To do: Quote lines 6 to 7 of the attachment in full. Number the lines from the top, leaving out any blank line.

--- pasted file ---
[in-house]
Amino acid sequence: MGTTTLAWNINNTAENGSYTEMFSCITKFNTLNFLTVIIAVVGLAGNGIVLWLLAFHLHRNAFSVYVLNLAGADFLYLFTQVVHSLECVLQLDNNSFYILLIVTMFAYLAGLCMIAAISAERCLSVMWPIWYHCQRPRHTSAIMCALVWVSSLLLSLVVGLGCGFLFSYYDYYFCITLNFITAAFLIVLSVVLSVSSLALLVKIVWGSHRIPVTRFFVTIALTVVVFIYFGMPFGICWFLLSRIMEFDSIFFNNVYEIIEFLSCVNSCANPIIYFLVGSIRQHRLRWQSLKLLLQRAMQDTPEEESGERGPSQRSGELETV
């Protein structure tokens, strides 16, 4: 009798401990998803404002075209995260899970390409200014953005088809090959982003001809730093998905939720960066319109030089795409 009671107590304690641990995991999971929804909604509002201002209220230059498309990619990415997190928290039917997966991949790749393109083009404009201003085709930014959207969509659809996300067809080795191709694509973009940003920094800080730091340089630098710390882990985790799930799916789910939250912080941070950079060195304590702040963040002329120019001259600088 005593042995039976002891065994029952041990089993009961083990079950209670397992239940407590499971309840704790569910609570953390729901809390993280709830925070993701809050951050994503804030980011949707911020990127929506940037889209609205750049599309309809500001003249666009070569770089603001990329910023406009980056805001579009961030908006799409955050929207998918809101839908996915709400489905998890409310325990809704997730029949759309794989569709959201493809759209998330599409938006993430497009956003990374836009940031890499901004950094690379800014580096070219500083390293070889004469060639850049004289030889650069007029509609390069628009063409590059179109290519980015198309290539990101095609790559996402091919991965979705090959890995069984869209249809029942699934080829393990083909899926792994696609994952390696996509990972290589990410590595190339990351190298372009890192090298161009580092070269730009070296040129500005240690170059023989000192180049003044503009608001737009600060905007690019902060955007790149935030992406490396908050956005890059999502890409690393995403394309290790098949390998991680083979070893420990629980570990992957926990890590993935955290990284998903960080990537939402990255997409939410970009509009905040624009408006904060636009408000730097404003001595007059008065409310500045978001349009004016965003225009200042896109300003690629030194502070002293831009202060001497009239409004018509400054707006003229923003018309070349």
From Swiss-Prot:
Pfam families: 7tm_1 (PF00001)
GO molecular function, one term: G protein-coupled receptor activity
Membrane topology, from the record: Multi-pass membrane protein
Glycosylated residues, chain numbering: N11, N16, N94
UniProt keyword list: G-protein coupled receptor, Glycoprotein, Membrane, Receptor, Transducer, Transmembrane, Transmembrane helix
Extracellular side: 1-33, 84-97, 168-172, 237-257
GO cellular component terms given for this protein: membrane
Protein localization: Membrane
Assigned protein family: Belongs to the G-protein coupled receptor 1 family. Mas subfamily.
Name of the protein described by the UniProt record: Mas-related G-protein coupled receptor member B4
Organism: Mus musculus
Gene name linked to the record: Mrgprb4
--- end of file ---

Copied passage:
GO molecular function, one term: G protein-coupled receptor activity
Membrane topology, from the record: Multi-pass membrane protein